Bill Gillooly, product marketing manager, Input Systems, at Scitex, on the downfall of the drum scanner and the graduation of high-quality CCD flatbed functionality.

"Scitex believes that 1999 will be the year that the PMT drum scanner finally falls from its position as the preeminent professional scanner. With the current crop of high quality CCDs and the hardware and software enhancements that Scitex has applied to improving CCD image quality, such as CCD Dynamic Cooling and Scitex MaxDR, the PMT's days are numbered.

"Throughput will continue to improve. For the first time, Scitex scanner throughput is high enough to exceed the data transfer rate of the SCSI interface. Current and future Scitex high-performance scanners will use some sort of high-speed link such as SCSI-2.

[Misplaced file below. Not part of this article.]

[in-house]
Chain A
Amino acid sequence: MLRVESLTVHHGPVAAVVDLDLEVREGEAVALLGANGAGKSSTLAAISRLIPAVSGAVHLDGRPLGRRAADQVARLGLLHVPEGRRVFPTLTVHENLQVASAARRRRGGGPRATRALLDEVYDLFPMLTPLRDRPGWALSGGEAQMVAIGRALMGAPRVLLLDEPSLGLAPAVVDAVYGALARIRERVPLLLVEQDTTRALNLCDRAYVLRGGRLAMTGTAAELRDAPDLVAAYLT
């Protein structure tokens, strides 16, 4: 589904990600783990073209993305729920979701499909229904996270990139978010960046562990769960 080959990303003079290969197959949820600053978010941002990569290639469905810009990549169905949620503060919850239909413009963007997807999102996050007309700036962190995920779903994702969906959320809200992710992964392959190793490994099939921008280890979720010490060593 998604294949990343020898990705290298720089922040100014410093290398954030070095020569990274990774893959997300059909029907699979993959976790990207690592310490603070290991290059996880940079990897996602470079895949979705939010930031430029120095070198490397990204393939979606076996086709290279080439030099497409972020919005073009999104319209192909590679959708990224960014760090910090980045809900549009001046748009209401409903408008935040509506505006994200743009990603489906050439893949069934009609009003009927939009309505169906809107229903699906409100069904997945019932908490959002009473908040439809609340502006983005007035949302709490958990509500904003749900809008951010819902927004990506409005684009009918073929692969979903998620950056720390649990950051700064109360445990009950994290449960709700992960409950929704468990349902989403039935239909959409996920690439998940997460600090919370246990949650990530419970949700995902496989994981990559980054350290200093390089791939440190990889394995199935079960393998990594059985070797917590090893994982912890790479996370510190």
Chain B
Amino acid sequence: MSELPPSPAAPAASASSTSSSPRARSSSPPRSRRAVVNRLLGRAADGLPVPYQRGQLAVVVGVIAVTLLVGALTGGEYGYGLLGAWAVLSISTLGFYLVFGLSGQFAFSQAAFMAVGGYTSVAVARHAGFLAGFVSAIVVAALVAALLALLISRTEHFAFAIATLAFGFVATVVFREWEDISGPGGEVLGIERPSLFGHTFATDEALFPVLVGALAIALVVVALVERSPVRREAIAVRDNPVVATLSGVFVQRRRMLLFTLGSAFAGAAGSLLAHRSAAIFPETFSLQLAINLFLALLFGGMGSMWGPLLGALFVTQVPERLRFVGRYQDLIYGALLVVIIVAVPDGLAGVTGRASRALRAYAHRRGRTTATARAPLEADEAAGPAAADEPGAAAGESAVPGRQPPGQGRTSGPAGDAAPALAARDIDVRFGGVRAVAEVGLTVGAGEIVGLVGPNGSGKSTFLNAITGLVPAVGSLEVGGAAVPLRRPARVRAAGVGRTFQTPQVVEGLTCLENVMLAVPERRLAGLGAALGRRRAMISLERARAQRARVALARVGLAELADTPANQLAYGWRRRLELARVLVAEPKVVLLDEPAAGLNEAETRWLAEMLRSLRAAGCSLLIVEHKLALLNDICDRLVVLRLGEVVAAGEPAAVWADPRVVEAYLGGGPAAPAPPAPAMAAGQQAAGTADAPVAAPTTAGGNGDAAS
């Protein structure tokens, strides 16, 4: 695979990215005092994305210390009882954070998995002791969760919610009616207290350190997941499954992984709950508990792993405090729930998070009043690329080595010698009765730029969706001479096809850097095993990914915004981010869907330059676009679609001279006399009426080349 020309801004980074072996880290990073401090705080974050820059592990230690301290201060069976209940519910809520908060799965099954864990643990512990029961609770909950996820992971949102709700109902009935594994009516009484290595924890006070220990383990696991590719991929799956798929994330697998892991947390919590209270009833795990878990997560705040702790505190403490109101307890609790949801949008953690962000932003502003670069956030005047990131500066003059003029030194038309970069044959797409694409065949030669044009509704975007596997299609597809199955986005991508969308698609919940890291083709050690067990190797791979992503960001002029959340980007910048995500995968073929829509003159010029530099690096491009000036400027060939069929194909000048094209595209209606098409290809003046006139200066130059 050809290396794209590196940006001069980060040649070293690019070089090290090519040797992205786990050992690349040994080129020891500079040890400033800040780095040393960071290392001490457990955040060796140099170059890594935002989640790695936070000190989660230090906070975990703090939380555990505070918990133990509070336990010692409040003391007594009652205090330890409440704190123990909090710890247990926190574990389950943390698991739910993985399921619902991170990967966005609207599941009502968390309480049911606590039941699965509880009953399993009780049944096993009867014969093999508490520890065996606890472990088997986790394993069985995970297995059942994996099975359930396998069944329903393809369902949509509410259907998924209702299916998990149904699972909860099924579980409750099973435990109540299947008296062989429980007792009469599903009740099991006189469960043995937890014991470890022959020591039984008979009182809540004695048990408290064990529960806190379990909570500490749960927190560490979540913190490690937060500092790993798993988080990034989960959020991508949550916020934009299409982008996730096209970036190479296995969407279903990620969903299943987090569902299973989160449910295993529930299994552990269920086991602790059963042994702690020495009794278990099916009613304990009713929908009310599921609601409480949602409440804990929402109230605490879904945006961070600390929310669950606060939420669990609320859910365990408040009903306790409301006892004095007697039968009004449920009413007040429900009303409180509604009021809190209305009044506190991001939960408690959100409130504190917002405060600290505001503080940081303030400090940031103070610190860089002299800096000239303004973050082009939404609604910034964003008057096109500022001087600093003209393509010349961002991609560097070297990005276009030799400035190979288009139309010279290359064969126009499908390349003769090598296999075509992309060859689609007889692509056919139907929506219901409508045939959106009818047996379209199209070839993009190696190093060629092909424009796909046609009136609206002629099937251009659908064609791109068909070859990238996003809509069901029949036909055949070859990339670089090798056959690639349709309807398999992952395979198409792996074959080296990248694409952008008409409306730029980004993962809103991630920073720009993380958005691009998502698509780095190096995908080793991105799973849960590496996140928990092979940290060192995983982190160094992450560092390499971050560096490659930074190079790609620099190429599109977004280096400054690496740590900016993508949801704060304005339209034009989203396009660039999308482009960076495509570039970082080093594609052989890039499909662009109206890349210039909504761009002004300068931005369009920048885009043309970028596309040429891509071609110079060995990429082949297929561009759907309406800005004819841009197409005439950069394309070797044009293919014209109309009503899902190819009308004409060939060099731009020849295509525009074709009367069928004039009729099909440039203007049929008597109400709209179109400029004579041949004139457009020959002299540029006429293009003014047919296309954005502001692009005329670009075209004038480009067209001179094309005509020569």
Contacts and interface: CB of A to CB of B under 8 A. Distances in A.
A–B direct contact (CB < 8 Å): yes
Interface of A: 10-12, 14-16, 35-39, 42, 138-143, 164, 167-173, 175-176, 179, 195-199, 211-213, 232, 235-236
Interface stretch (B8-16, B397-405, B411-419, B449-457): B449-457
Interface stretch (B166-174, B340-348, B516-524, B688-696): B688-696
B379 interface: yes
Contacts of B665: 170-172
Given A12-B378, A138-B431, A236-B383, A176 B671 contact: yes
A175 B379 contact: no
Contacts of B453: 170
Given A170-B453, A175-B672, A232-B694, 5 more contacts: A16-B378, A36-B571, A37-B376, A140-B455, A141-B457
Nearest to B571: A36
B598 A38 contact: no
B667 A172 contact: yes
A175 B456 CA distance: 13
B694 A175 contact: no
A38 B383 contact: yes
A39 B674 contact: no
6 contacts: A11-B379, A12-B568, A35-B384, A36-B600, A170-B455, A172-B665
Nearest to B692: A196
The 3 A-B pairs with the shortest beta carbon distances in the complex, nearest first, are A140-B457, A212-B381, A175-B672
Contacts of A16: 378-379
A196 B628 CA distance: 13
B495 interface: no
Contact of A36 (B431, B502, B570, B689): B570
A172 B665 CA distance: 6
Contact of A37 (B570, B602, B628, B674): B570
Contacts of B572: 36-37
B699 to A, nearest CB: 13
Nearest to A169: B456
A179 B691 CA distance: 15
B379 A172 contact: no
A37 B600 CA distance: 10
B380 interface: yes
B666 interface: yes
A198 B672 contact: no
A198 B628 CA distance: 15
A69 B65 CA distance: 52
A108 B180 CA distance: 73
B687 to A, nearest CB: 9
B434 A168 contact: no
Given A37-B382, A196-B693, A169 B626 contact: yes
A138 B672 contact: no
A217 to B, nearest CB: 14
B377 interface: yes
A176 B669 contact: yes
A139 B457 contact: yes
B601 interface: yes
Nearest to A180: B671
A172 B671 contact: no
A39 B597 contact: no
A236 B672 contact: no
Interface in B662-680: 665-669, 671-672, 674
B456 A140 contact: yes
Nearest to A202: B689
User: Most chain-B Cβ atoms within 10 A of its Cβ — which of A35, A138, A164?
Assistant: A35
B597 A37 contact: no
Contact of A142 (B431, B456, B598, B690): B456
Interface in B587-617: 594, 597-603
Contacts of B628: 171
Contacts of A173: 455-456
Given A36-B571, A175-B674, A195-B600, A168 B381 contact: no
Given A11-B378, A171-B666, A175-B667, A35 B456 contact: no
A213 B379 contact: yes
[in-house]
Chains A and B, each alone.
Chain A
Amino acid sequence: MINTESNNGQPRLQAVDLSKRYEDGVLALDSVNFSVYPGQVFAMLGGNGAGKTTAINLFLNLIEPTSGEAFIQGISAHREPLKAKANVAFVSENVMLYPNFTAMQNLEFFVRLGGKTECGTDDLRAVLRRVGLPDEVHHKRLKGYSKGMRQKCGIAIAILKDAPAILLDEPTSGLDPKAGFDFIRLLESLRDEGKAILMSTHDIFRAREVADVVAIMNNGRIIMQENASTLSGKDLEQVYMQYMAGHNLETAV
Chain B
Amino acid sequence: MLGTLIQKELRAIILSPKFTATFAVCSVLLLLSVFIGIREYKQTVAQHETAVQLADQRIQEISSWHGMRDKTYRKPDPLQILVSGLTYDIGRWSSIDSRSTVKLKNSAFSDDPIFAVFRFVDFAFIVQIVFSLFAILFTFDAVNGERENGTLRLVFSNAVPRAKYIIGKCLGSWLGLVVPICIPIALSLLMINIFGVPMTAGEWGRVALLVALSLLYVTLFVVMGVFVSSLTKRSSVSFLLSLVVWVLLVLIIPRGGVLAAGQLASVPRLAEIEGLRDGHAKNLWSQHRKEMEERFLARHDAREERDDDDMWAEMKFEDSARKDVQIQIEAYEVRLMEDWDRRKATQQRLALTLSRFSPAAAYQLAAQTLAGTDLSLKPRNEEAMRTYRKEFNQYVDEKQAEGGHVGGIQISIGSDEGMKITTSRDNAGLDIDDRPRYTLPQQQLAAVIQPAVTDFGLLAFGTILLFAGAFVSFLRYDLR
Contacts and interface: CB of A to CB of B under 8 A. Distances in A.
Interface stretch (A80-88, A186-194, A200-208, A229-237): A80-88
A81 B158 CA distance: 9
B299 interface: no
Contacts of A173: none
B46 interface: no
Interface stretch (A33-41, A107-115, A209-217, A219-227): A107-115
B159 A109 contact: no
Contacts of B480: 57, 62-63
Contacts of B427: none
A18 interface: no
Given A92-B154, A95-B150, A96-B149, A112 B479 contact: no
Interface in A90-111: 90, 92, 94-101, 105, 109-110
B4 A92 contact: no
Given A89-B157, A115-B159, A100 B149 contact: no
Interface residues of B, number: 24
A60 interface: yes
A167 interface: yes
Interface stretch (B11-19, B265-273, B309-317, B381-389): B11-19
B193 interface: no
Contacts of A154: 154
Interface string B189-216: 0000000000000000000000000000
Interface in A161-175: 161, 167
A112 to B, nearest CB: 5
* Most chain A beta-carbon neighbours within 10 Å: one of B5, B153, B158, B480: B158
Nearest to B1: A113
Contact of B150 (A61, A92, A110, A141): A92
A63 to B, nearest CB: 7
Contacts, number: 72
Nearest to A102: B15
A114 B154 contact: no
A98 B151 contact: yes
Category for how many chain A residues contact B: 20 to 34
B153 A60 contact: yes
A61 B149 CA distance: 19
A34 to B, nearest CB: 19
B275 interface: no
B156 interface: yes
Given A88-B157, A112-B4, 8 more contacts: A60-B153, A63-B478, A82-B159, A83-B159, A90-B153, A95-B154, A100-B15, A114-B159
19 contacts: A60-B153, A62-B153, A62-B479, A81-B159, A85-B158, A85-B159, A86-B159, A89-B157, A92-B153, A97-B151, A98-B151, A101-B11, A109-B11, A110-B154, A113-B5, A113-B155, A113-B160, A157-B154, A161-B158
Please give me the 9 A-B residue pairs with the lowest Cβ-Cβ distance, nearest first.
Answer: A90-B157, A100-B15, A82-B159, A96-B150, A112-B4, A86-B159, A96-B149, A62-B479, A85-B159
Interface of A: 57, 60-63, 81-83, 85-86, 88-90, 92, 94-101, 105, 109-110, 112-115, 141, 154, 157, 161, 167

"Also, the increasing performance of general-purpose computers (such as Power Macintosh G3s) will continue to influence scanner technology. No longer will a scanner manufacturer have to design and manufacture special purpose image-processing hardware. Instead, the image processing can be transferred to the host computer benefiting from the revolutionary performance improvements that come out of the general-purpose computer world."

Allen J. Dunn, senior product development manager, Electronic Imaging, at Fujifilm, on DFE solutions rich in PDF support.

"No matter whether you are going direct-to-film, direct-to-plate, digital proofing, imposition proofing, remote proofing or a host of other digital activities, the digital front end (DFE) is where it must begin.

"The solutions available are wide and rich in features, providing controls for color management, PDF support, back-end production processes, front-end estimating and preflight, but what do you really need? That is the question one considering changing his front-end process must first ask and understand.